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Learn English > English lessons and exercises > English test #107003: From Kansas City toTulsa: towards Happiness ? (2/2)
From Kansas City toTulsa: towards Happiness ? (2/2)
After working a lot on the past tenses (especially the past perfect) and futures et conditionals, in the first part of this text test, we are, of course, going to revise these notions. Today, we'll work on the infinitive clause expressing wishes and will power.
1) The tenses of the past : Remember, the tense of narration is the simple past
ex : Jesse tried to persuade his brother-in-law to give him a well-paid job.
* If an action took place before a simple past, it must be in the past perfect simple (or in the past perfect en -ing if we insist on the duration of the action ) :
had + verb in the past participle or had + been + verb + ing
ex: Jesse had been walking for more than two weeks to finally find a job.
* If you need to use a future, remember that it doesn't get on well with the past ...
If we must use it, or the conditional, anyway BEWARE ! After a temporal conjunction (after, before, when, while, once, as long as, as soon as, the future is impossible : the future is replaced by the present (and the conditional is replaced by the preterite.)
ex : As soon as he arrived in Tom's office, Jesse knew that Tom would be difficult to persuade ...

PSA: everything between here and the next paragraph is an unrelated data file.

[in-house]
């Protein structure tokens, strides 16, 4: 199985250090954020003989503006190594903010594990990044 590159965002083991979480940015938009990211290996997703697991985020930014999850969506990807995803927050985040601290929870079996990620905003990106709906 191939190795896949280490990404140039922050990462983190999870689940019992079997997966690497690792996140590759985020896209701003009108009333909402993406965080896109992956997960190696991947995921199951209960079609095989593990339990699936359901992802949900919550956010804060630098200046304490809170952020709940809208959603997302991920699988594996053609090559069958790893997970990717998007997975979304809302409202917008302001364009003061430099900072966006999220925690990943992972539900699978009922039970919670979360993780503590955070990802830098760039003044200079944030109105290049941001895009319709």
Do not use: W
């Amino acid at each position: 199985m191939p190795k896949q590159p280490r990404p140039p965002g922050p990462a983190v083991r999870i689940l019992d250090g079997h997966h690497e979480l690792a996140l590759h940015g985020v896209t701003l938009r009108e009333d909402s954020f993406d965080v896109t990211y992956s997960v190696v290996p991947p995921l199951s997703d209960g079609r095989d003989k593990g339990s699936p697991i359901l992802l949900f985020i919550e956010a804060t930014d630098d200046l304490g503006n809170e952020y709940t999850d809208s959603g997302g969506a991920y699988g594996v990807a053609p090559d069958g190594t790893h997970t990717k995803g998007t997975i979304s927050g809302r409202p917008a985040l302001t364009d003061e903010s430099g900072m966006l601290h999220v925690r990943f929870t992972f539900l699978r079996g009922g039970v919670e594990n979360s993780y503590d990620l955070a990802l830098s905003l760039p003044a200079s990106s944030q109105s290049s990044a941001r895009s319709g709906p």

You'll have to use the conditional : would + verb
ex : Jesse would be happy if Tom accepted !
2) To express a desire, a wish, or a willpower, when 'to want' applies to an only person, you must remember that it is directly followed by the infinitive.
ex : Jesse wants to have a job at all cost!
ex : Jesse doesn't want to feel humiliated any longer...
* It becomes a little more 'complicated' when another person is involved !
ex : Jesse would want his kids to have opportunities in life!
The word separating the 2 verbs is the subject of the second verb (his kids) but takes the form of a complement ( 'them' and not 'they'!)
In English, 'the infinitive clause' MUST be used after the verbs expressing a will power, a refusal
A subordinate introduced by 'THAT' is IMPOSSIBLE: ( hate, like, love, prefer, wish). ('I want that ...' est impossible.)
ex : I want you to put a part of the money I'll earn aside for my family, and I wish you not to give details about my job ...
We have left Jesse battling for a job, and Tom, his brother-in-law, slowly realizing what Jesse was planning ... Tom was torn between Jesse's craving for this deadly job and his love for his sister and nephews ... He was at a loss, facing a dilemma ...
This terrible story was inspired to me by The Happiest Man in the World by Albert Maltz.
BE CAREFUL ! It would be a good idea to have a pause ( don't forget to save what you've done ! ) in the middle of this test! It's not difficult, but it's long !
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